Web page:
July 23rd, 2012
03:41 PM ET

Egypt opens to Gaza

By Elliott Abrams, CFR

Elliott Abrams is a senior fellow for Middle Eastern Studies at the Council on Foreign Relations. The views expressed are solely those of the author. This entry of Pressure Points originally appeared here.

From the moment when Hamas took over Gaza in 2007 while the West Bank remained under the control of the Fatah Party and the Palestinian Authority, the question of Gaza’s relationship to Egypt has been open.

Gaza was under Egyptian control from 1948 to 1967, under Israeli control from 1967 to 2005, and under Palestinian Authority control from 2005 to 2007. After the Hamas coup in June 2007, Egypt under Mubarak largely retained the border controls that Israel had put in place. Mubarak viewed Hamas with suspicion, as a radical group that was part of the Muslim Brotherhood (MB). Perhaps more surprisingly, Egypt’s new government, itself dominated by the MB, has continued those controls.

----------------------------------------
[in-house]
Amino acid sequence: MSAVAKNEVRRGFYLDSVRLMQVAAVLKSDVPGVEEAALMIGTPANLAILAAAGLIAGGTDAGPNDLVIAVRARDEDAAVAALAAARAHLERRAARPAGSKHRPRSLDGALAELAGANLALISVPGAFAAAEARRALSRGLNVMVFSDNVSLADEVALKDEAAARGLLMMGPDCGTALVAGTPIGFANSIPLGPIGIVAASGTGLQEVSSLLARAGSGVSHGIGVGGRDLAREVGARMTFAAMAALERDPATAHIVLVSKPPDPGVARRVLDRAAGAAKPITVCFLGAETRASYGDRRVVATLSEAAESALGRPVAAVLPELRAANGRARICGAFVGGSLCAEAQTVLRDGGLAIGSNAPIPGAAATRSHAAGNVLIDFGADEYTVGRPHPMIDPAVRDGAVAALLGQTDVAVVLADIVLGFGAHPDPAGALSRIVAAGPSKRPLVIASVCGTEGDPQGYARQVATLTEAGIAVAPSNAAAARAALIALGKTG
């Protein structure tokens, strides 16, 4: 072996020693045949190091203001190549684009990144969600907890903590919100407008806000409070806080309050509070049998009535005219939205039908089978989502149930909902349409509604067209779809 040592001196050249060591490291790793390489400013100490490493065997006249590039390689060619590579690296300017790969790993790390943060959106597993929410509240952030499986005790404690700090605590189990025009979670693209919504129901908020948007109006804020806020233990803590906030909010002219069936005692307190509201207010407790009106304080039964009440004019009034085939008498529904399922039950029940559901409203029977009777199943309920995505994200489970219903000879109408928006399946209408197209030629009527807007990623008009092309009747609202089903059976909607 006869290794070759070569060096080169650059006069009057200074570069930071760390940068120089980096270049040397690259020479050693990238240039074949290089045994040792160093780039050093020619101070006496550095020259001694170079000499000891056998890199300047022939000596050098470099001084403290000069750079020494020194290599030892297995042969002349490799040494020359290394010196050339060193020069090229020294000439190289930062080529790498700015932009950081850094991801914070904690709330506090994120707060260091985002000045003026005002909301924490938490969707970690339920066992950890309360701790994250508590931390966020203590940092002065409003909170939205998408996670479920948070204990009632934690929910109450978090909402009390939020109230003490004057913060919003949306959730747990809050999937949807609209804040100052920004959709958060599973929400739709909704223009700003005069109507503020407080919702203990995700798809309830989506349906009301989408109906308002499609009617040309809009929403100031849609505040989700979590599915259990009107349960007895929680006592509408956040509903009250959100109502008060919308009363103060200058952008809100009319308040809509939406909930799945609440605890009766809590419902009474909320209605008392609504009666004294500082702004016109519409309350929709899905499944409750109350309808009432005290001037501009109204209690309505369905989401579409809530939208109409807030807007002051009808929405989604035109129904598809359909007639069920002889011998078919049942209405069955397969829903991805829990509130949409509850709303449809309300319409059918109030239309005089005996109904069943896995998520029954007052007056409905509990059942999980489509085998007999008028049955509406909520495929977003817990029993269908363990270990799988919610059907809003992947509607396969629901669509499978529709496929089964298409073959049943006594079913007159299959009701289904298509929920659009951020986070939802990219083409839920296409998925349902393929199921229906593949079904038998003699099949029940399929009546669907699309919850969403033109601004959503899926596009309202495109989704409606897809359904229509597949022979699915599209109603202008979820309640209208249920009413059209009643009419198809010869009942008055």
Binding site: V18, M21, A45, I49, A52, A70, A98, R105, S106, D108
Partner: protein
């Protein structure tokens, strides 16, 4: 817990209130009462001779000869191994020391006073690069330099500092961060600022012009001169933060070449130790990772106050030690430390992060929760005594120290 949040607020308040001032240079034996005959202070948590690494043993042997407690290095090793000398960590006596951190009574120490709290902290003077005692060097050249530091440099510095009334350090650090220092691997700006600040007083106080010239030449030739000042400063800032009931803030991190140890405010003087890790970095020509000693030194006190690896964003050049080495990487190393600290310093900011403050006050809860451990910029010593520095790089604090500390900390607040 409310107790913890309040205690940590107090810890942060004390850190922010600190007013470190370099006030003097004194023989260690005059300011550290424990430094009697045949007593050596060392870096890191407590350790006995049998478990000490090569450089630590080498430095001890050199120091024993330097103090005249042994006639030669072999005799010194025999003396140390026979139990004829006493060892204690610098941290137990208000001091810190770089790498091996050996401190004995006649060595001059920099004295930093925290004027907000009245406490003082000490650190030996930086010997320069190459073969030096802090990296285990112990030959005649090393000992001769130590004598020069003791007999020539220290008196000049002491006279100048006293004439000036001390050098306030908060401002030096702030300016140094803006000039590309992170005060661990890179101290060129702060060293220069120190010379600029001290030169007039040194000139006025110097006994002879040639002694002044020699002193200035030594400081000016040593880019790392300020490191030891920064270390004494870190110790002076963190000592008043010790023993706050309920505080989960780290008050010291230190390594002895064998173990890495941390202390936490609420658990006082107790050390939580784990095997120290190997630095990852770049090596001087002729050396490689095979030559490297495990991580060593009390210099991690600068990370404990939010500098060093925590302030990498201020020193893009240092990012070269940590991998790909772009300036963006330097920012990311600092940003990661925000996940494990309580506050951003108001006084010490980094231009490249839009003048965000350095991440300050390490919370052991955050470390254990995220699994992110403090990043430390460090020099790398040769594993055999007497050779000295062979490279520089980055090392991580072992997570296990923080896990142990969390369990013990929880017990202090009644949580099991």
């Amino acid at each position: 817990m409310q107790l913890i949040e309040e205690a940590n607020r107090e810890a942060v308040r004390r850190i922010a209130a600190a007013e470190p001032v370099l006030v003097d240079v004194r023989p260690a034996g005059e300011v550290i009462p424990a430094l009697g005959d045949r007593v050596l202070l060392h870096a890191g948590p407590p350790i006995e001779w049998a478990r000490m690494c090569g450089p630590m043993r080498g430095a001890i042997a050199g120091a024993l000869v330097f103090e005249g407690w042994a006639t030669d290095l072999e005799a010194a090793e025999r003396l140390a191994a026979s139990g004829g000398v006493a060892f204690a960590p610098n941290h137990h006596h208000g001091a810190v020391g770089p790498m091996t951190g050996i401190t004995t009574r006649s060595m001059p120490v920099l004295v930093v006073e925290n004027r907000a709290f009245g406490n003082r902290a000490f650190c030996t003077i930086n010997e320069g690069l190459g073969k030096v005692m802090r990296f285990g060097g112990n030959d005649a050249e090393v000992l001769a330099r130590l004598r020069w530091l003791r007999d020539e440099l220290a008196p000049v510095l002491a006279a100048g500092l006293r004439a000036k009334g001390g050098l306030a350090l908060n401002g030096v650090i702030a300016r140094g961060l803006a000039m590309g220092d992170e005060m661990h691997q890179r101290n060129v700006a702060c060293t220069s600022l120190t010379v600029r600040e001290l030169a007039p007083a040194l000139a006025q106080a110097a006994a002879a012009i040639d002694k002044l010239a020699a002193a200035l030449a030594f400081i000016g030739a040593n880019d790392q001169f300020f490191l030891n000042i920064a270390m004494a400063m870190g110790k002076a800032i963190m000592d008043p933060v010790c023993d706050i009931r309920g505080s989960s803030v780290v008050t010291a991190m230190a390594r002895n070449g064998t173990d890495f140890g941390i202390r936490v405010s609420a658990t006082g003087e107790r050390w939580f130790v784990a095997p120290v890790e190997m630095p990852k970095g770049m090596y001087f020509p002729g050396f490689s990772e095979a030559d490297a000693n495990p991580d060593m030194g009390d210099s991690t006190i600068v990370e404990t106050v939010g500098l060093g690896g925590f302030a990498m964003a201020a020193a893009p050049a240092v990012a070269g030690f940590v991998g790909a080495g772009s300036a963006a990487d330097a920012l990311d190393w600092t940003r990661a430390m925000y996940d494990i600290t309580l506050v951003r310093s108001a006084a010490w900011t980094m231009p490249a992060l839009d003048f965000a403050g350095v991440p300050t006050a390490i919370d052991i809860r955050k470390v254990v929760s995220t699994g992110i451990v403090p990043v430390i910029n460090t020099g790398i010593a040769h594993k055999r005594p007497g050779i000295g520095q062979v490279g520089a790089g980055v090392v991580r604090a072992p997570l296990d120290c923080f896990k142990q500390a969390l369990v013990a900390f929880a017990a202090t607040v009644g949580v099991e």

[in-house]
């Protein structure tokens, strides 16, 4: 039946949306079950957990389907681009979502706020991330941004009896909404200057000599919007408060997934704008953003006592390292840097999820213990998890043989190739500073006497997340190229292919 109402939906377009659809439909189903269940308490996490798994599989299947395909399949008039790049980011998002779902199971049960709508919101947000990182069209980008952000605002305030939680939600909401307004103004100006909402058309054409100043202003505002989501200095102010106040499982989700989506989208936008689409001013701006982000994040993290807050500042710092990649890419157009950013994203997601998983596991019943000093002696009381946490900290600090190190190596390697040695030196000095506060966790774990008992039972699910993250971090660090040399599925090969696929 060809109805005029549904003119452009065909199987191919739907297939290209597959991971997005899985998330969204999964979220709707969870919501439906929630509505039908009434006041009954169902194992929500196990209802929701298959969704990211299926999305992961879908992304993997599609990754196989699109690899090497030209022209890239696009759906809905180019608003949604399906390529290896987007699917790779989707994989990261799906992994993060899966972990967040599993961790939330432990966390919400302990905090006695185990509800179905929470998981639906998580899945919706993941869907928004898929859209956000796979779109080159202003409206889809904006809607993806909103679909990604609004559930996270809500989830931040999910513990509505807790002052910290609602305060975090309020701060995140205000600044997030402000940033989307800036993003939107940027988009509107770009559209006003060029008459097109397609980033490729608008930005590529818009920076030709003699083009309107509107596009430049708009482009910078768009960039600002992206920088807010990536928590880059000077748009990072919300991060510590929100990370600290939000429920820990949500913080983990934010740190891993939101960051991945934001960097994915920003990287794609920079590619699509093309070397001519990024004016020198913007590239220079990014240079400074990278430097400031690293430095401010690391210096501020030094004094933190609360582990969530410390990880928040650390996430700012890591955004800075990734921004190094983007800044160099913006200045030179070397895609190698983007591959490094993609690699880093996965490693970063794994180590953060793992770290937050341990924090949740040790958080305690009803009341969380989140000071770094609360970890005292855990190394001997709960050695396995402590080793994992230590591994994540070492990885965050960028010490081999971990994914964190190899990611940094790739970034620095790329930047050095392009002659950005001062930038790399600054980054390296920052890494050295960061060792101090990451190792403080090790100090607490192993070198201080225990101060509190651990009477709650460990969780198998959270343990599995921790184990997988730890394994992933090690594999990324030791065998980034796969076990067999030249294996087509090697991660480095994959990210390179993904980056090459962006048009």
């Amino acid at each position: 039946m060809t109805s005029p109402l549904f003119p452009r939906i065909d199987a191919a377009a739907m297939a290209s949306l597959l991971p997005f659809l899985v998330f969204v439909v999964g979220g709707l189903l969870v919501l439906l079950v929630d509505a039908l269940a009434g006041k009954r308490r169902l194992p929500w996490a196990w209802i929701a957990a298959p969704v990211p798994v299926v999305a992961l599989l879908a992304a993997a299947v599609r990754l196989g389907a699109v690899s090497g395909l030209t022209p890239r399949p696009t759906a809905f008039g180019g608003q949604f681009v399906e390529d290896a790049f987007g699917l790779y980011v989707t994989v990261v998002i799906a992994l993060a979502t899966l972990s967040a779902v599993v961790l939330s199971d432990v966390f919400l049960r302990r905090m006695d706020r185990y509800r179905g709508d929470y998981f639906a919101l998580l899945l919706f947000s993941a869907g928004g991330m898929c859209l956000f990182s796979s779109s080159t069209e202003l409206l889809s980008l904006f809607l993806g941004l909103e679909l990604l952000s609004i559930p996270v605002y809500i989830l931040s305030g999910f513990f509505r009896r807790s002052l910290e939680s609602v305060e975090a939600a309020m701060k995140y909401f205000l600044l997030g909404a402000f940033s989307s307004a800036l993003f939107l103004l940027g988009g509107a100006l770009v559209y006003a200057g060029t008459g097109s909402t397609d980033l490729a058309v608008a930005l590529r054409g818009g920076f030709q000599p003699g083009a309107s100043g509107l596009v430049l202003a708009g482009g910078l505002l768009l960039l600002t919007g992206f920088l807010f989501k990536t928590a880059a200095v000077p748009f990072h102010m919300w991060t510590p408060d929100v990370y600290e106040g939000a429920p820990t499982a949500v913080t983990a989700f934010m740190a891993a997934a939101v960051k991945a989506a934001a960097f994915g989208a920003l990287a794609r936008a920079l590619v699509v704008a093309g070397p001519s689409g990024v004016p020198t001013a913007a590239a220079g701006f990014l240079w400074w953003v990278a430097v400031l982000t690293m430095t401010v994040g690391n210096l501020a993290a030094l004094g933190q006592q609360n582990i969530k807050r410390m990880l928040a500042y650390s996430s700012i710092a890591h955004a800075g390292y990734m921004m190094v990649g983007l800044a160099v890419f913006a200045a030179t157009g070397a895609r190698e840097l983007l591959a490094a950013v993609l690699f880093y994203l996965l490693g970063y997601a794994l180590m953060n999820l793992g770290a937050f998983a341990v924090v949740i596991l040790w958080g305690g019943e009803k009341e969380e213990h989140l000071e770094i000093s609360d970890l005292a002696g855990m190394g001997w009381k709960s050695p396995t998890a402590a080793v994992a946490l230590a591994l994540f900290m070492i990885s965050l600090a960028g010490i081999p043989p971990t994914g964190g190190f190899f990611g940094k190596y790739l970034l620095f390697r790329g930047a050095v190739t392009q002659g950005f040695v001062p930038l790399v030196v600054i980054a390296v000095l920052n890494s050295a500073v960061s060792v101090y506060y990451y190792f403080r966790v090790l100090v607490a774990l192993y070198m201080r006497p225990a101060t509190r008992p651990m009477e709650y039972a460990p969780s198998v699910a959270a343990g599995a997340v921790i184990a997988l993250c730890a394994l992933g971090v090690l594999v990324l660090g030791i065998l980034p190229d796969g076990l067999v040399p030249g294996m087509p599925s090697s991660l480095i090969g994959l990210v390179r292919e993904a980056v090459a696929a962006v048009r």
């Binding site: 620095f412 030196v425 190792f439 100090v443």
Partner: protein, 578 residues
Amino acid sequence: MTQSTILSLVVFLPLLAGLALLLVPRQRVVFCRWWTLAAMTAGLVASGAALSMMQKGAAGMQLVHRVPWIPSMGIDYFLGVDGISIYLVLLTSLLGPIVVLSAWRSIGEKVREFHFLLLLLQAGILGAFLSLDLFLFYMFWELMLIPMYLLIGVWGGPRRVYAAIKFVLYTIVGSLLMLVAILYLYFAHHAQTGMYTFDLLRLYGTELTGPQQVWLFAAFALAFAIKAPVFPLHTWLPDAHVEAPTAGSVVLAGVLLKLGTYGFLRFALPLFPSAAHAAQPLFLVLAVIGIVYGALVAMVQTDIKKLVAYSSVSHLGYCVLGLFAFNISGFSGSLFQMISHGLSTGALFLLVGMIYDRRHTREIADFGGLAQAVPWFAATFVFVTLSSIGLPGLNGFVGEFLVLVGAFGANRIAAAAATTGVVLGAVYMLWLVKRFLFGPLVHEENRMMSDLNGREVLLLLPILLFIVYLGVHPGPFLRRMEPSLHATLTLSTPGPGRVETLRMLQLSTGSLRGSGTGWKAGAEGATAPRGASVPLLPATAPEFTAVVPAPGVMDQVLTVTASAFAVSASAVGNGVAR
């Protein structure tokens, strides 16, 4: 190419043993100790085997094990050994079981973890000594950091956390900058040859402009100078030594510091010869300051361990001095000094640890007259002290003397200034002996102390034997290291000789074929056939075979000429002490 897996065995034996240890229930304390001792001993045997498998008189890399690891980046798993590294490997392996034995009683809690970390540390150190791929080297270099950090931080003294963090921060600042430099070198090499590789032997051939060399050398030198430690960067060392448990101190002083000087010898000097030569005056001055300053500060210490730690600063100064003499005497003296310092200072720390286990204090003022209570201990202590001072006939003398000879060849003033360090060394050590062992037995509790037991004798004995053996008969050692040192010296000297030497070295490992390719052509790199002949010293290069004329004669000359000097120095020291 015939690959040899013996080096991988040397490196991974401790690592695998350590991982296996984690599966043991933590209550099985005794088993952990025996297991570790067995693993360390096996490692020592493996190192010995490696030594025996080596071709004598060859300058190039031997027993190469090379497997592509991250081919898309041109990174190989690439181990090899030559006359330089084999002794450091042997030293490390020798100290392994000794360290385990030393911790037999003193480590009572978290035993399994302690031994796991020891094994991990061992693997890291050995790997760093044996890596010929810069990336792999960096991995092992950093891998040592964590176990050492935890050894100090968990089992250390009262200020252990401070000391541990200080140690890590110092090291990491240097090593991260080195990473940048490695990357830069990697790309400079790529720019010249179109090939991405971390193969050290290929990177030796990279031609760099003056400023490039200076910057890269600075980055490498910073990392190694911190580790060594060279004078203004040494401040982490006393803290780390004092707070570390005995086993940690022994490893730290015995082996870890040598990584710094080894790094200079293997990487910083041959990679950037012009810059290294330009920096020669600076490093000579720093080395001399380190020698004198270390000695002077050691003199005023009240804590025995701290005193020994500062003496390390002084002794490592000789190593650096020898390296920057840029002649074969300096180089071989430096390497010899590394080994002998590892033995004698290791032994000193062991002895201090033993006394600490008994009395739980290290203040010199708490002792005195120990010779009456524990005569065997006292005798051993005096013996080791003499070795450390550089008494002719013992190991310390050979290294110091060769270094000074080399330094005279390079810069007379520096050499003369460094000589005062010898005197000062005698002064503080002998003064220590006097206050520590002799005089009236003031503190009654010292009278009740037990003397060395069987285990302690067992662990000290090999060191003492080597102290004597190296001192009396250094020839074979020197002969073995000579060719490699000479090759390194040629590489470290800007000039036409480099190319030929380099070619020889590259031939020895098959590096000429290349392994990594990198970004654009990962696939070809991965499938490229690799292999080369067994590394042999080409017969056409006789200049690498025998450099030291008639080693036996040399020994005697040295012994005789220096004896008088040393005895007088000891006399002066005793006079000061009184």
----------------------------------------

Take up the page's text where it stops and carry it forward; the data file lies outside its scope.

But that will change. Egypt’s new MB president, Mohammed Morsi, met in Cairo last week with the Hamas leader Khaled Meshal (and will meet soon with Hamas Prime Minister Ismail Haniyeh). According to the Hamas spokesman, Gaza will soon be connected to the Egyptian electricity grid and natural gas pipeline.  This means its economy will be tied to Egypt, not Israel – its current energy supplier.

The ability of Gazans to travel to Egypt is also being broadened. Some press reports state that: “Egyptian officials announced Monday that Palestinians will no longer need visas to enter the country, ending part of a five-year blockade on the Gaza Strip…Gazans will now be able to leave the coastal enclave freely. The decision also applies to Palestinians in the West Bank and East Jerusalem. Officials at Cairo’s airport said they have received instructions to allow Palestinians of all ages to enter Egypt without any procedural impediments. Deportation rulings for Gazans in Egypt were also canceled.” Other reports suggest that “Cairo will facilitate the entry of Palestinians to Egypt, but will not entirely remove regulations.” At the very least, more Gazans will travel more easily to Egypt.